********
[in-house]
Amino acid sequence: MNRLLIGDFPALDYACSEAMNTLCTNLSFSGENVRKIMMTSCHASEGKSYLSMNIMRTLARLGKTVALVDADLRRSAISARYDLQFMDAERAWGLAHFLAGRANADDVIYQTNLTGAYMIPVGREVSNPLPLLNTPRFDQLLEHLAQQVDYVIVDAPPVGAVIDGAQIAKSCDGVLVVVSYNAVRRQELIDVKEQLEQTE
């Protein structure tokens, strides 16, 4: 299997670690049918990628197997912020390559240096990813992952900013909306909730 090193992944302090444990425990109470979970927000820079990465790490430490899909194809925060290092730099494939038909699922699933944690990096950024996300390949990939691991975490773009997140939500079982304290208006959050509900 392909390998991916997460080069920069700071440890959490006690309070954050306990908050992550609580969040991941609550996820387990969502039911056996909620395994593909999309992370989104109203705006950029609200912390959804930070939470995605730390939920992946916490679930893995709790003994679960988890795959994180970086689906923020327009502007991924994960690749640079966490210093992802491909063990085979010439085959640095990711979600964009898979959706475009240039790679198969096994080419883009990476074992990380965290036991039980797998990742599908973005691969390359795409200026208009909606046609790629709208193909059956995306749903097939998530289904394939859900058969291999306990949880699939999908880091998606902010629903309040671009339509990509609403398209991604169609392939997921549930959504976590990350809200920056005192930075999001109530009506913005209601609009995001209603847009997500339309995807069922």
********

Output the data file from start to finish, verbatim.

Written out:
[in-house]
Amino acid sequence: MNRLLIGDFPALDYACSEAMNTLCTNLSFSGENVRKIMMTSCHASEGKSYLSMNIMRTLARLGKTVALVDADLRRSAISARYDLQFMDAERAWGLAHFLAGRANADDVIYQTNLTGAYMIPVGREVSNPLPLLNTPRFDQLLEHLAQQVDYVIVDAPPVGAVIDGAQIAKSCDGVLVVVSYNAVRRQELIDVKEQLEQTE
């Protein structure tokens, strides 16, 4: 299997670690049918990628197997912020390559240096990813992952900013909306909730 090193992944302090444990425990109470979970927000820079990465790490430490899909194809925060290092730099494939038909699922699933944690990096950024996300390949990939691991975490773009997140939500079982304290208006959050509900 392909390998991916997460080069920069700071440890959490006690309070954050306990908050992550609580969040991941609550996820387990969502039911056996909620395994593909999309992370989104109203705006950029609200912390959804930070939470995605730390939920992946916490679930893995709790003994679960988890795959994180970086689906923020327009502007991924994960690749640079966490210093992802491909063990085979010439085959640095990711979600964009898979959706475009240039790679198969096994080419883009990476074992990380965290036991039980797998990742599908973005691969390359795409200026208009909606046609790629709208193909059956995306749903097939998530289904394939859900058969291999306990949880699939999908880091998606902010629903309040671009339509990509609403398209991604169609392939997921549930959504976590990350809200920056005192930075999001109530009506913005209601609009995001209603847009997500339309995807069922």